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Old 04-14-2012, 11:13 AM
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Drift Damage

I'm sure by now everyone has seen the last page on my thread in off topic.

http://www.lawnsite.com/showpost.php...3&postcount=32

Question, how susceptible is the new growth on holly to drift?

The tips of my holly are turning brown and just crumbles
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Old 04-14-2012, 12:12 PM
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I'm on my blackberry, but are you sure its drift. Can't see where your from. Did it drop to a hard freeze or windburn and lack of rain? Is all around the entire shrub or just one spot?
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Old 04-14-2012, 01:31 PM
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Humble makes a good point. If its drift--nearby grass should also be killed. Also any weeds near the holly. Winter kill is more uniform. Spray damage is worst on the side closest to the sprayer.

I once had a customer insist that I replace 20 tomatoes that turned brown after a spray in late September. Lucky I finally noticed that it was caused by an early frost.
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Old 04-14-2012, 02:12 PM
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Thanks guys

I thought about frost damage but I have about 40 holly up and down that side of the property. Seems like the ones that looked damaged are in the front (Where she sprayed) and they are under large oak tree's so they were somewhat protected from the frost. The ones in the back that have no protection are fine.
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God created man, man plants grass, fertilized and watered the grass to watch it grow. Man cut grass and this confused God; in his infinite wisdom where did he go wrong? Why would man work, plant, water and once it grew cut it down just to see the process repeat.

Then God created Women
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Old 04-15-2012, 09:32 PM
360 Lawn Service 360 Lawn Service is offline
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I have 6 hollies, 4 have frost bite, 2 are fine. They are all in a row. The two that are fine get the first ray of sun in the a.m.
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Old 04-16-2012, 12:31 AM
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Quote:
Originally Posted by 360 Lawn Service View Post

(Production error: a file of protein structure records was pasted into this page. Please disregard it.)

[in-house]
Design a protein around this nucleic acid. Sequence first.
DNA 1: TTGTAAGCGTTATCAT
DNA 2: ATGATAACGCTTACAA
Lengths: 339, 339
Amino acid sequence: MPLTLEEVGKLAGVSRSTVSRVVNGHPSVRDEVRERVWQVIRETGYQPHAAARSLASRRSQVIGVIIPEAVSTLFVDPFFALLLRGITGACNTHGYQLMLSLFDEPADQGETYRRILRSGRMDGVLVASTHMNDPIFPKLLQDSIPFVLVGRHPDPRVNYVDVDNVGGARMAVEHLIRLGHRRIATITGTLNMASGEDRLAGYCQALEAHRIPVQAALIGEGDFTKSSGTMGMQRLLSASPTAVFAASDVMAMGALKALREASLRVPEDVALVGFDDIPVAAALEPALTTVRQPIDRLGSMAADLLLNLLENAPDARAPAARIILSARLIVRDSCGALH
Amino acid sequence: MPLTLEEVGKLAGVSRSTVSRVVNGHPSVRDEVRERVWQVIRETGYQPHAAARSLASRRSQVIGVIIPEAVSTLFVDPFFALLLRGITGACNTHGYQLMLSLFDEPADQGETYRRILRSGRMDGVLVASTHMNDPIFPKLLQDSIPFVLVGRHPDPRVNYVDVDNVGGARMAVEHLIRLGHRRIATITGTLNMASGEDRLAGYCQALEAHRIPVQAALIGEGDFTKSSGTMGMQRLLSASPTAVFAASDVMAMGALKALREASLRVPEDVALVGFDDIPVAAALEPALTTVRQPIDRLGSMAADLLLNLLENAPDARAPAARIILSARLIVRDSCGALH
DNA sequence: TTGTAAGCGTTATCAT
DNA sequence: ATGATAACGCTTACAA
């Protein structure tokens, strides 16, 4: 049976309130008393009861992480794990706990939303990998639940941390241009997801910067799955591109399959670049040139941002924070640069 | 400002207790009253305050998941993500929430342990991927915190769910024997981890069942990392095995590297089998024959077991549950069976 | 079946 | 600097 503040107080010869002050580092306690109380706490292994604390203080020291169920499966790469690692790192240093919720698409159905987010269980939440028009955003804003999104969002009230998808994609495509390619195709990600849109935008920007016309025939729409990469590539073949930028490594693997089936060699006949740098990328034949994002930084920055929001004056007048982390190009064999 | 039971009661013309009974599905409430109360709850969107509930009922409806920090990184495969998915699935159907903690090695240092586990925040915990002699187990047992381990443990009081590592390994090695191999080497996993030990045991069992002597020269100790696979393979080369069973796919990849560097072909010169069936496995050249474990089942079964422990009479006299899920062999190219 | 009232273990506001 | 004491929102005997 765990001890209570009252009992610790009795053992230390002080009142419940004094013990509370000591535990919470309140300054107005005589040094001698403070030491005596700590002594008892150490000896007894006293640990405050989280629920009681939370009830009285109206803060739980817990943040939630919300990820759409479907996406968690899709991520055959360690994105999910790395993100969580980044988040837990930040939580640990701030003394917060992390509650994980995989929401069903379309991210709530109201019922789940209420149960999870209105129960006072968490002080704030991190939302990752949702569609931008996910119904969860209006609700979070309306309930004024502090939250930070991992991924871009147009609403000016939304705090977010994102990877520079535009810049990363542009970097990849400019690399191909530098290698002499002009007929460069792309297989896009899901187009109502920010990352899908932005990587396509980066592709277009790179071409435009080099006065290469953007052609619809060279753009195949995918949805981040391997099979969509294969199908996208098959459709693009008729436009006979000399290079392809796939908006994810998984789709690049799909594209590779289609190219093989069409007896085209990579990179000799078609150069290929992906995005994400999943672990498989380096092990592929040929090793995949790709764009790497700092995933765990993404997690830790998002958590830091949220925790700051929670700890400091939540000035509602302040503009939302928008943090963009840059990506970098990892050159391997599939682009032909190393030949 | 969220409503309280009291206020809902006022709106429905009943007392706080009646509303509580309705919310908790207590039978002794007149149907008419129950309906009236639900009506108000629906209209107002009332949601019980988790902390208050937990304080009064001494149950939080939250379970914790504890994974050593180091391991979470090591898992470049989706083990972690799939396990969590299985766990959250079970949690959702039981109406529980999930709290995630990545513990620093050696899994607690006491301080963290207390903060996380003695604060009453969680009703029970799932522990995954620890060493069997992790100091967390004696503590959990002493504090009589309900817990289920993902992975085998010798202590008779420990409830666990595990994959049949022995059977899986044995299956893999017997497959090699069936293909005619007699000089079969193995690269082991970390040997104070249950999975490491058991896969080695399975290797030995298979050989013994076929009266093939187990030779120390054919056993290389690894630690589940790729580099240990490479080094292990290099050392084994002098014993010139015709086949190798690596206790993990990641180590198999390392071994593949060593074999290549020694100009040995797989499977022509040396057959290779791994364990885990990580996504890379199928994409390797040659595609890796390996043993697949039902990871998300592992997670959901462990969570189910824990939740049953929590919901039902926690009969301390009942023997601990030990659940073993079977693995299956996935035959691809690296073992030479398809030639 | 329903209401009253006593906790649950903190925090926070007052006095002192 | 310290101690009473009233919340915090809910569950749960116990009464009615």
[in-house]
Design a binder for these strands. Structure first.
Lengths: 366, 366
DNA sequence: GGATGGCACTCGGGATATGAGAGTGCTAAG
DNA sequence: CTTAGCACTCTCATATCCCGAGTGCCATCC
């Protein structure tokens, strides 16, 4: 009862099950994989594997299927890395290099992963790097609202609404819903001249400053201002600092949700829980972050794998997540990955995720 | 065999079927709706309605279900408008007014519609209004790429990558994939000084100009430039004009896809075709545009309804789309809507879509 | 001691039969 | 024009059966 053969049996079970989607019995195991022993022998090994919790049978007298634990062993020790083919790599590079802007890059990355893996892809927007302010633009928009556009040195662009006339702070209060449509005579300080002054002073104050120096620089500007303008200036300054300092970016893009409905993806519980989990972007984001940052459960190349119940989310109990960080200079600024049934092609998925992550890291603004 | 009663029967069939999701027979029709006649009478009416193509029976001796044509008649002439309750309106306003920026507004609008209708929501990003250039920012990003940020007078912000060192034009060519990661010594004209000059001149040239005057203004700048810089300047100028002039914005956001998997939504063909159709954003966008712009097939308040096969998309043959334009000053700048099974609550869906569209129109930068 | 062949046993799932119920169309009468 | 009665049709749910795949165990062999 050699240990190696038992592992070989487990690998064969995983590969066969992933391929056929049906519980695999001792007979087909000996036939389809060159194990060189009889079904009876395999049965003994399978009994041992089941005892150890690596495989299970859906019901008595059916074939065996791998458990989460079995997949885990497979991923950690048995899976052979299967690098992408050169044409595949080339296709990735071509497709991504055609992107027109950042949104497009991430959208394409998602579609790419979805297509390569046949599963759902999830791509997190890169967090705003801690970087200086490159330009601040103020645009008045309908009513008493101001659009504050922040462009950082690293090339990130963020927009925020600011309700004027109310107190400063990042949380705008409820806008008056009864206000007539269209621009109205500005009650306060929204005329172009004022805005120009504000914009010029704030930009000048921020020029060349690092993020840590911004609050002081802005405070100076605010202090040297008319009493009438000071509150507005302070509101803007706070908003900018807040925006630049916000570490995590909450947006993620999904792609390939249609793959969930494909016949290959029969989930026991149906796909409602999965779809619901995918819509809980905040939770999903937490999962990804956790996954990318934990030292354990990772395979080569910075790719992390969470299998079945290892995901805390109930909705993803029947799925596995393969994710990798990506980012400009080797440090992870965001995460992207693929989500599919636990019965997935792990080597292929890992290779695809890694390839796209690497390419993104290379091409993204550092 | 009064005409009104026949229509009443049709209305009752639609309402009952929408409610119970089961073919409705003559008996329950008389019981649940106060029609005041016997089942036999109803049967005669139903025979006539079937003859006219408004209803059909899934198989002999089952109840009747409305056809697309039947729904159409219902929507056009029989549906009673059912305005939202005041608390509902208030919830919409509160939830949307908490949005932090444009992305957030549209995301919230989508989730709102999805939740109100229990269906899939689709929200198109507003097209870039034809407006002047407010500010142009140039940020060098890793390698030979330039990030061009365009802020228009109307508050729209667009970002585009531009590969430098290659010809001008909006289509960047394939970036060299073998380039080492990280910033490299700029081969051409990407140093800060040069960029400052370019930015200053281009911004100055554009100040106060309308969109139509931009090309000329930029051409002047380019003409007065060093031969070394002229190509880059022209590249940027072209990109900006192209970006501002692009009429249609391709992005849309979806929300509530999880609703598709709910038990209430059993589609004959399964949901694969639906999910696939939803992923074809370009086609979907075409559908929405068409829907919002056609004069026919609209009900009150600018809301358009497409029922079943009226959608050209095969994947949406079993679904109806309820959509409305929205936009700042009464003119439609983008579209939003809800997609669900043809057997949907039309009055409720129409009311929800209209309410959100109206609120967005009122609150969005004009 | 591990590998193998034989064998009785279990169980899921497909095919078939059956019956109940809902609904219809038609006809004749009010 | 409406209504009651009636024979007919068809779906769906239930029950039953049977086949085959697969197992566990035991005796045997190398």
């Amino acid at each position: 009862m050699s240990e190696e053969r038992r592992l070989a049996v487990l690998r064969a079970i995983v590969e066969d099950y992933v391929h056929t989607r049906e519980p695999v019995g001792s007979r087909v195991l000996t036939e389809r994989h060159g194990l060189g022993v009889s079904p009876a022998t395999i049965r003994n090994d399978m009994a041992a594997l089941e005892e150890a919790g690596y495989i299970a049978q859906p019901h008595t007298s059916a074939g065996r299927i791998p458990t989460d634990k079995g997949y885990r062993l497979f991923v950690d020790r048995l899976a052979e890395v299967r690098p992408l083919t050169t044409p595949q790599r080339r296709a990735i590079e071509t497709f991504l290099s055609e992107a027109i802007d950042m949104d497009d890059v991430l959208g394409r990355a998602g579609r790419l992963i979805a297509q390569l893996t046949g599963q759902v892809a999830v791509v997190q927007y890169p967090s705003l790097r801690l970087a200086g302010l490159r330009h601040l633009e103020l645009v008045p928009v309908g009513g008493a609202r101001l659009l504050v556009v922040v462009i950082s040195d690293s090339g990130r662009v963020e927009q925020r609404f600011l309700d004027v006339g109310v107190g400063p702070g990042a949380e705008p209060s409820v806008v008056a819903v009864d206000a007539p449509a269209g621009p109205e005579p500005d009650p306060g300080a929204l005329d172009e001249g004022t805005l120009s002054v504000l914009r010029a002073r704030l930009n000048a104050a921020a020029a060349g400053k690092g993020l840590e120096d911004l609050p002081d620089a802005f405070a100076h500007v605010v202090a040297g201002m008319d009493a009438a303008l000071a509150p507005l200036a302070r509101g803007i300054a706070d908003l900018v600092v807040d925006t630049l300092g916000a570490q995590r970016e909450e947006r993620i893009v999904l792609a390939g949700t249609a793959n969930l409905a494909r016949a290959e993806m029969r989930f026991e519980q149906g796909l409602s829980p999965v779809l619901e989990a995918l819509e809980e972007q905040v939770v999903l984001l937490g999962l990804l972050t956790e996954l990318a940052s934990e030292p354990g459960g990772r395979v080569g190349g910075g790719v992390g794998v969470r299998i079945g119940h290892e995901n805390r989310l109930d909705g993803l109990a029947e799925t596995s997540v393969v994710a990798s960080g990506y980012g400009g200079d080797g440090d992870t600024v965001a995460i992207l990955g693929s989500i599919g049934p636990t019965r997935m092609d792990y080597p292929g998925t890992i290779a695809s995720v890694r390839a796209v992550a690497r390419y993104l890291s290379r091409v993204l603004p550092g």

I have 6 hollies, 4 have frost bite, 2 are fine. They are all in a row. The two that are fine get the first ray of sun in the a.m.
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Yu know whats really funny; I have some tomatoes coming up in the garden from last year and they survived the whole ordeal, LOL

Had I set the dam things out they'd be dead as a door nail right now and if I left the ones I planted in pots outside those two nights they too would be dead.

Called the guy from the Ag inspector today and left a message, he gave me his cell number so I hope he gets it and don't come. I mean specially with gas being $3.95 here I'd hate to see him drive 100 miles just for this so I might even call him at 7 AM in the morning (6 AM where he is) and make sure.
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God created man, man plants grass, fertilized and watered the grass to watch it grow. Man cut grass and this confused God; in his infinite wisdom where did he go wrong? Why would man work, plant, water and once it grew cut it down just to see the process repeat.

Then God created Women
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Old 04-16-2012, 08:11 AM
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Can you post some pics?
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Old 04-16-2012, 08:24 AM
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Holly's around here have been succumbing to general evergreen decline, mainly due to wet feet.

Symptoms are similar to your situation, starts at the tips of the new growth, then the rest of the plant starts to deteriorate.

Only in the last year have they started to come out of it as we've gone through a dry cycle.

Also check the dieing leaves for any black spots, or any other sign of disease or over-watering.

So, check your drainage around the hollys first, then suspect chem damage second.

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